GlaxoSmithKline’s heart drug Coreg has been around a good long while, but it still pumps out more revenue for the U.K. drug company to keep fighting patent battles for the drug. Teva now finds itself on the losing end of one of those fights in another carve-out patent battle.
Just a month after FDA staff and an advisory committee gave a ringing endorsement to Pfizer's biosimilar for Amgen's blockbuster Epogen, the agency has rejected the drug for a second time. This time around, an FDA complete response letter (CRL) cited concerns about the same Pfizer fill-finish plant whose problems led the FDA to deny approval of a highly anticipated copy of Teva’s Copaxone that was to be finished there.
Mylan, which has a low tax rate by virtue of moving its base to the Netherlands in 2015, has found a way to cut its rate to 4% in 2014 and even gain a $358 million benefit last year: The company invests in refined coal plants. An extensive review of the company’s financial filings by Reuters found that since 2011, the drugmaker has owned plants that process coal to reduce smog-causing emissions, winning clean energy and research credits that lower its tax bill and boost its earnings.
Muck Rack makes it simple to find people, tweets, or articles that mention any name, keyword, company, hashtag etc. We've compiled this guide to help you make the most of your search.
Selecting a term
Start searching tweets, articles from media outlets, articles mentioned in tweets, journalists'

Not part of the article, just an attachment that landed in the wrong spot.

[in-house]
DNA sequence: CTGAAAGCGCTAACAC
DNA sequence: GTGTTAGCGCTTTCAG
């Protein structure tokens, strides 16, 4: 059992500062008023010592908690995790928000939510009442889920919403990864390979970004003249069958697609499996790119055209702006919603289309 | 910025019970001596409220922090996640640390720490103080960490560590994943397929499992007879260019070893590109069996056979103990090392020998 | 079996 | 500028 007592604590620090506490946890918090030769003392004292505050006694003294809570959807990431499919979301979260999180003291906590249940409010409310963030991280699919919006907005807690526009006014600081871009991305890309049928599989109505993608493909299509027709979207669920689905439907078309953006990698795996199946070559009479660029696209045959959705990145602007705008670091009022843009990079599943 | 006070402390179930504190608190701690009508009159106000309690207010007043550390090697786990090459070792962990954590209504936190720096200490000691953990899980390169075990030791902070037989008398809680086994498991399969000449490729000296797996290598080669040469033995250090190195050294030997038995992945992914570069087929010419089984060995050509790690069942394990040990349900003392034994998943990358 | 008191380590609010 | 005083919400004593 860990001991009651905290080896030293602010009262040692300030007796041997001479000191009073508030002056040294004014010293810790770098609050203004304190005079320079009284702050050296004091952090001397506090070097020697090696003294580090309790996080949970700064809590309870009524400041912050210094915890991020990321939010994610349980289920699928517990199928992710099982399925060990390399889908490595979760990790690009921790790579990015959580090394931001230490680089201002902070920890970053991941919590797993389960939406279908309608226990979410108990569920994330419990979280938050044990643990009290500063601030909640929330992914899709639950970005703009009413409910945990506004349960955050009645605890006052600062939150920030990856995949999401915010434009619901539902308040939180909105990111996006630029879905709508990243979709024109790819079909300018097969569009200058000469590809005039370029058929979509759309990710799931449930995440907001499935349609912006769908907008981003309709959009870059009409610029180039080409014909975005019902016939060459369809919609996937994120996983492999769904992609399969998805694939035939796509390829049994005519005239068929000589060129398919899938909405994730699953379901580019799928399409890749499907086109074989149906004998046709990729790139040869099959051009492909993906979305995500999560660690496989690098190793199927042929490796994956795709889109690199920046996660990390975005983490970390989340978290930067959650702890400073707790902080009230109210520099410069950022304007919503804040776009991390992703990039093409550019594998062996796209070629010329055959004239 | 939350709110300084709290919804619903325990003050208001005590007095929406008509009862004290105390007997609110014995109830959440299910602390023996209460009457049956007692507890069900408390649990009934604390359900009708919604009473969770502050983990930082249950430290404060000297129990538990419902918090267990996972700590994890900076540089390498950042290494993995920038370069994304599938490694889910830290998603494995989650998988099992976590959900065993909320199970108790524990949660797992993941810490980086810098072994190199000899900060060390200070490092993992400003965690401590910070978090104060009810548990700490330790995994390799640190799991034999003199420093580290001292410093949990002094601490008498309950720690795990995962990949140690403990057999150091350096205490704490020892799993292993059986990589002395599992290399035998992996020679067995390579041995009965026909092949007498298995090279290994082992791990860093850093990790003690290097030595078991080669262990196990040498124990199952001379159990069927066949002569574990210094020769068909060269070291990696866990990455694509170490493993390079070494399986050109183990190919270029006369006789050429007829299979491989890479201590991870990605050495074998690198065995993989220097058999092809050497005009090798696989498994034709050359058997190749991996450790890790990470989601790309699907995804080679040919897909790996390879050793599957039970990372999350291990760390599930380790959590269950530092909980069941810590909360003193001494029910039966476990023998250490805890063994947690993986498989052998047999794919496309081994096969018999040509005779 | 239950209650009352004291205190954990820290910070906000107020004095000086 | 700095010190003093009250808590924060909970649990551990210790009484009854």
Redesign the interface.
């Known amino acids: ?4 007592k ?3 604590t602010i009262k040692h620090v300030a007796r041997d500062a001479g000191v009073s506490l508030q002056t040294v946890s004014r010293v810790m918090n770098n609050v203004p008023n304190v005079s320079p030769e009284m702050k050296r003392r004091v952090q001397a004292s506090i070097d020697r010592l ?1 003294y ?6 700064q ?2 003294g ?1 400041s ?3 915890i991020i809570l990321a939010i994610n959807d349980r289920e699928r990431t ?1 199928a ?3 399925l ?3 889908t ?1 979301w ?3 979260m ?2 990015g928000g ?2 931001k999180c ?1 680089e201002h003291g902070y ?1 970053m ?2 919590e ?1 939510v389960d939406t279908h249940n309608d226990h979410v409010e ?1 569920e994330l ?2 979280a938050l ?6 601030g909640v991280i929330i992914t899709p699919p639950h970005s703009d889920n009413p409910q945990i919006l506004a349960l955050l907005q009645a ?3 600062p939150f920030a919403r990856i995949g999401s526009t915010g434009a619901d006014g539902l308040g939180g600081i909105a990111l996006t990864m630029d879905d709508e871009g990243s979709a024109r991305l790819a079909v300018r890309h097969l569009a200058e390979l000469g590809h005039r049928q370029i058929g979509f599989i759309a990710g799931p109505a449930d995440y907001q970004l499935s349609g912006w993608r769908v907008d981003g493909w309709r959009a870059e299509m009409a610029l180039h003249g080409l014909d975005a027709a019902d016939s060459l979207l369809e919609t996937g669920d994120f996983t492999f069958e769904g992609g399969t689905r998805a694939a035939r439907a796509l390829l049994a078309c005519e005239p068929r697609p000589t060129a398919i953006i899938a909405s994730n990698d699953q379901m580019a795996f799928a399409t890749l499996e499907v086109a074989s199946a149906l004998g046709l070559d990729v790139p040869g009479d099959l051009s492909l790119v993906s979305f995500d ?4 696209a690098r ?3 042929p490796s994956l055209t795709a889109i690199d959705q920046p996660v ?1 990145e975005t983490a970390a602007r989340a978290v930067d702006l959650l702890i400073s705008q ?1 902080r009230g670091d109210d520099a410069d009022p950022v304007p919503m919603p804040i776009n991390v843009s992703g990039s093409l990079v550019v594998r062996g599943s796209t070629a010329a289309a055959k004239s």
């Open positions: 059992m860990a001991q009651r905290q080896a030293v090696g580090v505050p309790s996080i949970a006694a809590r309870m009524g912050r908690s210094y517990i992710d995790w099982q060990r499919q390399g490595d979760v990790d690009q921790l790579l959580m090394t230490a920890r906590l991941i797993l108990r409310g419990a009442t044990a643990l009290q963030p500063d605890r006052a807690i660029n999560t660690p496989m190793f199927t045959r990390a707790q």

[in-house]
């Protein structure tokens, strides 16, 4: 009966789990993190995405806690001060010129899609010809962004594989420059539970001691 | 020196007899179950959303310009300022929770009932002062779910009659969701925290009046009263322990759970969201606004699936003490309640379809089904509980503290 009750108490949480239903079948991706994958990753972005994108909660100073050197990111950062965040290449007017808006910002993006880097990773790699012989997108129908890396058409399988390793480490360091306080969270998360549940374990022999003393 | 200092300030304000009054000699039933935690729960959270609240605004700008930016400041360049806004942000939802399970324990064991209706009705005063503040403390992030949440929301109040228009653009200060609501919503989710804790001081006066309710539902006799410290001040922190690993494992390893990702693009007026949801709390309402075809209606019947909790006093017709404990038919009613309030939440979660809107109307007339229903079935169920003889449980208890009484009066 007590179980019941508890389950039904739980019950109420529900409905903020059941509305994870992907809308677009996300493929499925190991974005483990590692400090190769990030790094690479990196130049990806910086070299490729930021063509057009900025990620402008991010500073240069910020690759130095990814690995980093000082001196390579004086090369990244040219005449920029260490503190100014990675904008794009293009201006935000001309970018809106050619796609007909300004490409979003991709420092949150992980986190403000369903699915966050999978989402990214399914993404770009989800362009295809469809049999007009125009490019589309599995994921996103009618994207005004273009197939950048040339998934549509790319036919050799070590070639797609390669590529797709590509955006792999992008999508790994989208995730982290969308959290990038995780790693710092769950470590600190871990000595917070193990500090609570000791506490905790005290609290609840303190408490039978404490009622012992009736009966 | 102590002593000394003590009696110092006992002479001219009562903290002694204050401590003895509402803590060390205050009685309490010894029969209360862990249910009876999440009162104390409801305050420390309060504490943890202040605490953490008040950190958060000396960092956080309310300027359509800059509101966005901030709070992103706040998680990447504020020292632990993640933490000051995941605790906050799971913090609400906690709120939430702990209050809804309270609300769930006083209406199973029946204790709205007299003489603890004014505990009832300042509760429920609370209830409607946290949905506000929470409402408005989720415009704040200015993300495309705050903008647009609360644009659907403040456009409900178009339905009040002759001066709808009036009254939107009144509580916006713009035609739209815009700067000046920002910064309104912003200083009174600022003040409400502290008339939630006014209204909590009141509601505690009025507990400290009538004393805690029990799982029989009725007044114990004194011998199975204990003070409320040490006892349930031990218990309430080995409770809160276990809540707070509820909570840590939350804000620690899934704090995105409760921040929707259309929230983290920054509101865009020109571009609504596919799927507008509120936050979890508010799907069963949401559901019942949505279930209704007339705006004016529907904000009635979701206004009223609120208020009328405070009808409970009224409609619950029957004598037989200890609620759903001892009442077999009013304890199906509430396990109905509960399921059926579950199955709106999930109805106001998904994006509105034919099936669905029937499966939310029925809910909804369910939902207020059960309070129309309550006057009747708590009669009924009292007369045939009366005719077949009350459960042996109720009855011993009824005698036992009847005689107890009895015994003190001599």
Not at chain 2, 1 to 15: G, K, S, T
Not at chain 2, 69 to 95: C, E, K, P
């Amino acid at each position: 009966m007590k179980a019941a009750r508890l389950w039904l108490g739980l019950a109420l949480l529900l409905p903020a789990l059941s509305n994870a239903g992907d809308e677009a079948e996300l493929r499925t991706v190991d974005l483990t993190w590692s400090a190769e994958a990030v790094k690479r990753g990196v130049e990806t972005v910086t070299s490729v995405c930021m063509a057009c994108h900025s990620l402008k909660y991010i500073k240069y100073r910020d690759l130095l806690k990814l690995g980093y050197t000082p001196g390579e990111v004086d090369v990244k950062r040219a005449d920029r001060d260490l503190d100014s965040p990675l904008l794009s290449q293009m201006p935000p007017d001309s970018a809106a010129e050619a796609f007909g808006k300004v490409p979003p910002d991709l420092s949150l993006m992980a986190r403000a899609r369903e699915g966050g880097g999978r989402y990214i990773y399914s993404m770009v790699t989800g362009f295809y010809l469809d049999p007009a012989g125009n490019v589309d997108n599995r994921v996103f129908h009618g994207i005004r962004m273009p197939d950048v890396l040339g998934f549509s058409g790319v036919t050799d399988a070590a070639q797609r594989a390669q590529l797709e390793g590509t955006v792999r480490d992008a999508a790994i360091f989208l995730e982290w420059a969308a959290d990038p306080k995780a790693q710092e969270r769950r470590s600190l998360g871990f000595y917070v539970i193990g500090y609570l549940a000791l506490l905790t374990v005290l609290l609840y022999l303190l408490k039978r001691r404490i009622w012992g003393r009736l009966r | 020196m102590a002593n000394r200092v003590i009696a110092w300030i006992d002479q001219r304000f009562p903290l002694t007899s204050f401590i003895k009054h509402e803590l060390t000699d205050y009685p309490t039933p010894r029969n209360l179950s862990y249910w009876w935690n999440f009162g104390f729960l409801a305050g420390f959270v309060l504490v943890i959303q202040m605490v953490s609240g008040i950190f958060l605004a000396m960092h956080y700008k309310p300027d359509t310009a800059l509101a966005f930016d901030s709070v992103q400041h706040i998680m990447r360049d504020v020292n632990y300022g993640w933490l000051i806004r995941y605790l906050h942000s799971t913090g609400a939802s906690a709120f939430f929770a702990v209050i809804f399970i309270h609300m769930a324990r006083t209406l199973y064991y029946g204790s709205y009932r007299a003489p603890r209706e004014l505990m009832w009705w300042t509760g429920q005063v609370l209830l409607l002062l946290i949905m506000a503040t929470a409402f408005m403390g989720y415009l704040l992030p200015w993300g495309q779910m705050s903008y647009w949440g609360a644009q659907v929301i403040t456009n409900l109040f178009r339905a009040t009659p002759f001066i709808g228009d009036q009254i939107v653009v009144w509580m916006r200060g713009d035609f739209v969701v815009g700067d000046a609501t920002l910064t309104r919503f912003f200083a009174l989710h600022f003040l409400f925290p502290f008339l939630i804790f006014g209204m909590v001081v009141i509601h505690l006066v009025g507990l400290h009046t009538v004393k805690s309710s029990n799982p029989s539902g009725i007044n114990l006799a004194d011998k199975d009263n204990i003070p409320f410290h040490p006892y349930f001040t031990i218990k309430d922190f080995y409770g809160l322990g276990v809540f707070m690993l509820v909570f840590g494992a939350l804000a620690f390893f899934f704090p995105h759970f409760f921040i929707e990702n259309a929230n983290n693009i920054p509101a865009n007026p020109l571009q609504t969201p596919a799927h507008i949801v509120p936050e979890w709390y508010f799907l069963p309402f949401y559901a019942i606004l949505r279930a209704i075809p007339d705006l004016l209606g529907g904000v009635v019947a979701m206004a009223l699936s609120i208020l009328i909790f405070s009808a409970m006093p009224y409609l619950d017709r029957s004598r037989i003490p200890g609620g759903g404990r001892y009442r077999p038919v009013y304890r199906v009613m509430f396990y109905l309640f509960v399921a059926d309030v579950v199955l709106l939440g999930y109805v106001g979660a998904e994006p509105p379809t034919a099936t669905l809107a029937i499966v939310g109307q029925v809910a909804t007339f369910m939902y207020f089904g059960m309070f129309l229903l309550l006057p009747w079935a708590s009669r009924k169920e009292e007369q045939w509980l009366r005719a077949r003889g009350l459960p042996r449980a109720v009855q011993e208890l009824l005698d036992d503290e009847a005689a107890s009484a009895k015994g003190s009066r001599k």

names, titles and bios with some suggested searches:
Companies or Topics (e.g. iPhone, Microsoft)
Phrases (e.g. "cloud computing") — use quotes to keep the terms together
Twitter handles (e.g. @username) — returns those who have mentioned or replied to
Names (e.g. "David Pogue")
Hashtags (e.g. #sxsw, #london2012)
Bio details (e.g. vegan, Olympics, father)
Muck Rack's Advanced Search allows for many boolean operators.
Find results that mention multiple specified terms, use AND or
+. For example, ensure each result contains both Elon Musk and Mark Zuckerberg by
searching Obama AND Romney or Obama + Romney.
Use the operators OR or , to broaden your search when you'd like either of
multiple terms to appear in results. (This is the default behavior of our search when no operators
are used.) For example, search for democrat OR republican to find results that refer to
Democrats and/or Republicans.
Use NOT or - to subtract results from your search. For
example, searching Disney will yield results about the Walt Disney Company as well as Walt Disney
World Resort. To exclude mentions of Disney World, search for Disney -World or Disney
When using one of these operators with a phrase, enclose it in quotation marks. For example, you can
find results about smartphones excluding Apple's iPhone 4S by searching smartphone -"iPhone
Exact case matching or punctuation
If you're searching for a brand name or keyword that relies on specific punctuation marks or capitalization, you can
find results that match your exact query by adding matchcase: before the keyword you're searching for, like matchcase:E*TRADE .
Use parentheses to separate multiple
boolean phrases. For example, to find journalists talking about having fun in Disney World or
Disneyland, search for ("disney world" OR disneyland) AND fun.
An asterisk can be used to search for any variation of a root word truncated by the asterisk. For example, searching for admin* will return results for administrator, administration, administer, administered, etc.
A near operator is an AND operator where you can control the distance between the words. You can vary the distance the near operation uses by adding a forward slash and number (between 0-99) such as strawberries NEAR/10 "whipped cream", which means the strawberries must exist within 10 words of "whipped cream".